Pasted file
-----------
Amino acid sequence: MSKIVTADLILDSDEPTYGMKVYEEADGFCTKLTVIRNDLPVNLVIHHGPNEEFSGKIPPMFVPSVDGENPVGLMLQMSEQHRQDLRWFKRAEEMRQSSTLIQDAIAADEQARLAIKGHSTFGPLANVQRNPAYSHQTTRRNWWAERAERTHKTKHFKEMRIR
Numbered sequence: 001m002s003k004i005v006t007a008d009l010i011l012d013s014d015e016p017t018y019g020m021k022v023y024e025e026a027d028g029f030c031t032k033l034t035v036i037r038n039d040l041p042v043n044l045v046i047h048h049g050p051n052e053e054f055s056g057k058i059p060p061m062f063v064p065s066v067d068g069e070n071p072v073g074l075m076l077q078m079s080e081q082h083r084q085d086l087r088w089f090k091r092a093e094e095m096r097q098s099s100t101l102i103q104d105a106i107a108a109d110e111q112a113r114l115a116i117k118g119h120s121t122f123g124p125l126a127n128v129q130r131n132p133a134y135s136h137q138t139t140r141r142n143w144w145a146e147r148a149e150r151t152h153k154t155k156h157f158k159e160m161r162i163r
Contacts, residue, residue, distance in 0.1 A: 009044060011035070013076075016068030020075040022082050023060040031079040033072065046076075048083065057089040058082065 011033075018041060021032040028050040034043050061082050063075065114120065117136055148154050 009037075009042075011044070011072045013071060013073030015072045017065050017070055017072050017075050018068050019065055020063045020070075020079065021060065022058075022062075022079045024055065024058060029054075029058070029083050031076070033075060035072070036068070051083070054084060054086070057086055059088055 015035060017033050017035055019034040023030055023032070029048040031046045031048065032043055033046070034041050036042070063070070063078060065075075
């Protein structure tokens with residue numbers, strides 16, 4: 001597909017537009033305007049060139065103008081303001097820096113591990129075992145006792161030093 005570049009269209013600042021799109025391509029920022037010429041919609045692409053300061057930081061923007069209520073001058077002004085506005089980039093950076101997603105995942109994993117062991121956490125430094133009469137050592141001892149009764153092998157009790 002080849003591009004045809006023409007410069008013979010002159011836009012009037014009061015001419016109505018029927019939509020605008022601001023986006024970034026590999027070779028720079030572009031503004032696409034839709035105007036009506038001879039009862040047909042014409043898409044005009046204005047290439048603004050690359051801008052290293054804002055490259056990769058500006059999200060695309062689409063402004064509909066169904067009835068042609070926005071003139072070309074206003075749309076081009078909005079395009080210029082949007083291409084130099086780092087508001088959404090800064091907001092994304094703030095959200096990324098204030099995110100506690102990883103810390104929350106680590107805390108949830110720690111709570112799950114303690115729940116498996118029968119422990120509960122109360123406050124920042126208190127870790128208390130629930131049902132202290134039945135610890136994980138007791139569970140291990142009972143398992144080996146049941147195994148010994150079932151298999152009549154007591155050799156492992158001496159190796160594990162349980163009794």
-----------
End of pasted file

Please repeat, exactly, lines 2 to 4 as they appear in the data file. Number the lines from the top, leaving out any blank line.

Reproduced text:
Numbered sequence: 001m002s003k004i005v006t007a008d009l010i011l012d013s014d015e016p017t018y019g020m021k022v023y024e025e026a027d028g029f030c031t032k033l034t035v036i037r038n039d040l041p042v043n044l045v046i047h048h049g050p051n052e053e054f055s056g057k058i059p060p061m062f063v064p065s066v067d068g069e070n071p072v073g074l075m076l077q078m079s080e081q082h083r084q085d086l087r088w089f090k091r092a093e094e095m096r097q098s099s100t101l102i103q104d105a106i107a108a109d110e111q112a113r114l115a116i117k118g119h120s121t122f123g124p125l126a127n128v129q130r131n132p133a134y135s136h137q138t139t140r141r142n143w144w145a146e147r148a149e150r151t152h153k154t155k156h157f158k159e160m161r162i163r
Contacts, residue, residue, distance in 0.1 A: 009044060011035070013076075016068030020075040022082050023060040031079040033072065046076075048083065057089040058082065 011033075018041060021032040028050040034043050061082050063075065114120065117136055148154050 009037075009042075011044070011072045013071060013073030015072045017065050017070055017072050017075050018068050019065055020063045020070075020079065021060065022058075022062075022079045024055065024058060029054075029058070029083050031076070033075060035072070036068070051083070054084060054086070057086055059088055 015035060017033050017035055019034040023030055023032070029048040031046045031048065032043055033046070034041050036042070063070070063078060065075075
């Protein structure tokens with residue numbers, strides 16, 4: 001597909017537009033305007049060139065103008081303001097820096113591990129075992145006792161030093 005570049009269209013600042021799109025391509029920022037010429041919609045692409053300061057930081061923007069209520073001058077002004085506005089980039093950076101997603105995942109994993117062991121956490125430094133009469137050592141001892149009764153092998157009790 002080849003591009004045809006023409007410069008013979010002159011836009012009037014009061015001419016109505018029927019939509020605008022601001023986006024970034026590999027070779028720079030572009031503004032696409034839709035105007036009506038001879039009862040047909042014409043898409044005009046204005047290439048603004050690359051801008052290293054804002055490259056990769058500006059999200060695309062689409063402004064509909066169904067009835068042609070926005071003139072070309074206003075749309076081009078909005079395009080210029082949007083291409084130099086780092087508001088959404090800064091907001092994304094703030095959200096990324098204030099995110100506690102990883103810390104929350106680590107805390108949830110720690111709570112799950114303690115729940116498996118029968119422990120509960122109360123406050124920042126208190127870790128208390130629930131049902132202290134039945135610890136994980138007791139569970140291990142009972143398992144080996146049941147195994148010994150079932151298999152009549154007591155050799156492992158001496159190796160594990162349980163009794």